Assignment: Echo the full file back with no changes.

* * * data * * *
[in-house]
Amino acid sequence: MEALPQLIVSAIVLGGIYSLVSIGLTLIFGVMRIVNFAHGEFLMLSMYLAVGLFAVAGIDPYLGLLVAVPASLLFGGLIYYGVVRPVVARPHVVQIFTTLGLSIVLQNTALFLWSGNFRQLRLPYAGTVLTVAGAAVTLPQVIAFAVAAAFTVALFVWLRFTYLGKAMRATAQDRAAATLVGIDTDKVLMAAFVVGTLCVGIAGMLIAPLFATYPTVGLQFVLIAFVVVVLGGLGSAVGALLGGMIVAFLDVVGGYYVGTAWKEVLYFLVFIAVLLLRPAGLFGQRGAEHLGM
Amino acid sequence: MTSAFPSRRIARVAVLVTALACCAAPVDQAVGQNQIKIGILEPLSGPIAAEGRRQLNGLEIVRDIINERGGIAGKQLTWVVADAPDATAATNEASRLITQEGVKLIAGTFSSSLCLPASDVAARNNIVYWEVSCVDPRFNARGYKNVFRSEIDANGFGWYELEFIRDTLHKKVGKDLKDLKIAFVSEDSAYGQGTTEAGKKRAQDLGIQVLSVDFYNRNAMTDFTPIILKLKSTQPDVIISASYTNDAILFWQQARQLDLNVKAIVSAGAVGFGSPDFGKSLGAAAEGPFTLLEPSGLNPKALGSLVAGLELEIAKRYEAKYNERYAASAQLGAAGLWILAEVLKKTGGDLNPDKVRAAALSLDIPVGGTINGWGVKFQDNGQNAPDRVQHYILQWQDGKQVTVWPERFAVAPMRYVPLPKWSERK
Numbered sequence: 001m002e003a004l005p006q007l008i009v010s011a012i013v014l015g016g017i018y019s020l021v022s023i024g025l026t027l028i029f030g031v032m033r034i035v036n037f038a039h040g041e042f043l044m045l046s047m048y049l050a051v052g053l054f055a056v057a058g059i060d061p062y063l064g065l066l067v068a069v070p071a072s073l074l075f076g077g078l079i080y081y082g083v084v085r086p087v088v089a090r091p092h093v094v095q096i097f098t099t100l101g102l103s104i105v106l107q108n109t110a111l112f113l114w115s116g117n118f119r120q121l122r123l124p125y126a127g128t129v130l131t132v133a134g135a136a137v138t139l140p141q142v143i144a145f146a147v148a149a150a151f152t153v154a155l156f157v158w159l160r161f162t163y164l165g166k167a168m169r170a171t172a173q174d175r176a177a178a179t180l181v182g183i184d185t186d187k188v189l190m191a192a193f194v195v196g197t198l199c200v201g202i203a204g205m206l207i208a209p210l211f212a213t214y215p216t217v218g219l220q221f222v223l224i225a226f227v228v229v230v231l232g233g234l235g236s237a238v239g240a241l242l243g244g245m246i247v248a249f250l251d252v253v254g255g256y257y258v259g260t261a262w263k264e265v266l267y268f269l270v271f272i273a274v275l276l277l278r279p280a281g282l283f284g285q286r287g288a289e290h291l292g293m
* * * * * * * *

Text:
[in-house]
Amino acid sequence: MEALPQLIVSAIVLGGIYSLVSIGLTLIFGVMRIVNFAHGEFLMLSMYLAVGLFAVAGIDPYLGLLVAVPASLLFGGLIYYGVVRPVVARPHVVQIFTTLGLSIVLQNTALFLWSGNFRQLRLPYAGTVLTVAGAAVTLPQVIAFAVAAAFTVALFVWLRFTYLGKAMRATAQDRAAATLVGIDTDKVLMAAFVVGTLCVGIAGMLIAPLFATYPTVGLQFVLIAFVVVVLGGLGSAVGALLGGMIVAFLDVVGGYYVGTAWKEVLYFLVFIAVLLLRPAGLFGQRGAEHLGM
Amino acid sequence: MTSAFPSRRIARVAVLVTALACCAAPVDQAVGQNQIKIGILEPLSGPIAAEGRRQLNGLEIVRDIINERGGIAGKQLTWVVADAPDATAATNEASRLITQEGVKLIAGTFSSSLCLPASDVAARNNIVYWEVSCVDPRFNARGYKNVFRSEIDANGFGWYELEFIRDTLHKKVGKDLKDLKIAFVSEDSAYGQGTTEAGKKRAQDLGIQVLSVDFYNRNAMTDFTPIILKLKSTQPDVIISASYTNDAILFWQQARQLDLNVKAIVSAGAVGFGSPDFGKSLGAAAEGPFTLLEPSGLNPKALGSLVAGLELEIAKRYEAKYNERYAASAQLGAAGLWILAEVLKKTGGDLNPDKVRAAALSLDIPVGGTINGWGVKFQDNGQNAPDRVQHYILQWQDGKQVTVWPERFAVAPMRYVPLPKWSERK
Numbered sequence: 001m002e003a004l005p006q007l008i009v010s011a012i013v014l015g016g017i018y019s020l021v022s023i024g025l026t027l028i029f030g031v032m033r034i035v036n037f038a039h040g041e042f043l044m045l046s047m048y049l050a051v052g053l054f055a056v057a058g059i060d061p062y063l064g065l066l067v068a069v070p071a072s073l074l075f076g077g078l079i080y081y082g083v084v085r086p087v088v089a090r091p092h093v094v095q096i097f098t099t100l101g102l103s104i105v106l107q108n109t110a111l112f113l114w115s116g117n118f119r120q121l122r123l124p125y126a127g128t129v130l131t132v133a134g135a136a137v138t139l140p141q142v143i144a145f146a147v148a149a150a151f152t153v154a155l156f157v158w159l160r161f162t163y164l165g166k167a168m169r170a171t172a173q174d175r176a177a178a179t180l181v182g183i184d185t186d187k188v189l190m191a192a193f194v195v196g197t198l199c200v201g202i203a204g205m206l207i208a209p210l211f212a213t214y215p216t217v218g219l220q221f222v223l224i225a226f227v228v229v230v231l232g233g234l235g236s237a238v239g240a241l242l243g244g245m246i247v248a249f250l251d252v253v254g255g256y257y258v259g260t261a262w263k264e265v266l267y268f269l270v271f272i273a274v275l276l277l278r279p280a281g282l283f284g285q286r287g288a289e290h291l292g293m